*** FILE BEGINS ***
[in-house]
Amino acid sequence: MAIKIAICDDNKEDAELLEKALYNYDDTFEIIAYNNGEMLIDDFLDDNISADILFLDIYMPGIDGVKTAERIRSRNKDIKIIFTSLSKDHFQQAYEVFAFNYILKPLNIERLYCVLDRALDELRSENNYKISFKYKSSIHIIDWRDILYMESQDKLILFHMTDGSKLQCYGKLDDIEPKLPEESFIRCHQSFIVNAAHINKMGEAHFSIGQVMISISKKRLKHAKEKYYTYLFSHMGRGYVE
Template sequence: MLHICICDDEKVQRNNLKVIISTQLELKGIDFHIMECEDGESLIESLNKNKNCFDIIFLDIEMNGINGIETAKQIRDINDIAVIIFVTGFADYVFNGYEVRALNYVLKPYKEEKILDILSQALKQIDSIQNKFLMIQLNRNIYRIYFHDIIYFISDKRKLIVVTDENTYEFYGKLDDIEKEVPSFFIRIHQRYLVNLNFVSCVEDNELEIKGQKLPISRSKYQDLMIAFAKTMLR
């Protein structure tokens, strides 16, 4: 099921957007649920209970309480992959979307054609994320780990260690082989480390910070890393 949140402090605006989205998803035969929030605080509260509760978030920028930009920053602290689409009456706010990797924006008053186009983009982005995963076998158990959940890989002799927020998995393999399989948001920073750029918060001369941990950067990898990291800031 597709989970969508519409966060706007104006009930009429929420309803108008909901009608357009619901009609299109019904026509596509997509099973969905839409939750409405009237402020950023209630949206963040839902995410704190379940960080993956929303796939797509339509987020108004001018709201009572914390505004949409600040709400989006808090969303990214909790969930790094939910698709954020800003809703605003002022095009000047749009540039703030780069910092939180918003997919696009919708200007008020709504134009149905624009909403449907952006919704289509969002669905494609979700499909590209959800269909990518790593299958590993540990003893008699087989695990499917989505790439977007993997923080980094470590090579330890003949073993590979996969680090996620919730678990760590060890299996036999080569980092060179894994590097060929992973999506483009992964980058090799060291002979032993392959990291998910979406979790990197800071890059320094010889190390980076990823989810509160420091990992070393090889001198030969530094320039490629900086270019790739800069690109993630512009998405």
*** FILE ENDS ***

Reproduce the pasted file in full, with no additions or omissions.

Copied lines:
[in-house]
Amino acid sequence: MAIKIAICDDNKEDAELLEKALYNYDDTFEIIAYNNGEMLIDDFLDDNISADILFLDIYMPGIDGVKTAERIRSRNKDIKIIFTSLSKDHFQQAYEVFAFNYILKPLNIERLYCVLDRALDELRSENNYKISFKYKSSIHIIDWRDILYMESQDKLILFHMTDGSKLQCYGKLDDIEPKLPEESFIRCHQSFIVNAAHINKMGEAHFSIGQVMISISKKRLKHAKEKYYTYLFSHMGRGYVE
Template sequence: MLHICICDDEKVQRNNLKVIISTQLELKGIDFHIMECEDGESLIESLNKNKNCFDIIFLDIEMNGINGIETAKQIRDINDIAVIIFVTGFADYVFNGYEVRALNYVLKPYKEEKILDILSQALKQIDSIQNKFLMIQLNRNIYRIYFHDIIYFISDKRKLIVVTDENTYEFYGKLDDIEKEVPSFFIRIHQRYLVNLNFVSCVEDNELEIKGQKLPISRSKYQDLMIAFAKTMLR
């Protein structure tokens, strides 16, 4: 099921957007649920209970309480992959979307054609994320780990260690082989480390910070890393 949140402090605006989205998803035969929030605080509260509760978030920028930009920053602290689409009456706010990797924006008053186009983009982005995963076998158990959940890989002799927020998995393999399989948001920073750029918060001369941990950067990898990291800031 597709989970969508519409966060706007104006009930009429929420309803108008909901009608357009619901009609299109019904026509596509997509099973969905839409939750409405009237402020950023209630949206963040839902995410704190379940960080993956929303796939797509339509987020108004001018709201009572914390505004949409600040709400989006808090969303990214909790969930790094939910698709954020800003809703605003002022095009000047749009540039703030780069910092939180918003997919696009919708200007008020709504134009149905624009909403449907952006919704289509969002669905494609979700499909590209959800269909990518790593299958590993540990003893008699087989695990499917989505790439977007993997923080980094470590090579330890003949073993590979996969680090996620919730678990760590060890299996036999080569980092060179894994590097060929992973999506483009992964980058090799060291002979032993392959990291998910979406979790990197800071890059320094010889190390980076990823989810509160420091990992070393090889001198030969530094320039490629900086270019790739800069690109993630512009998405």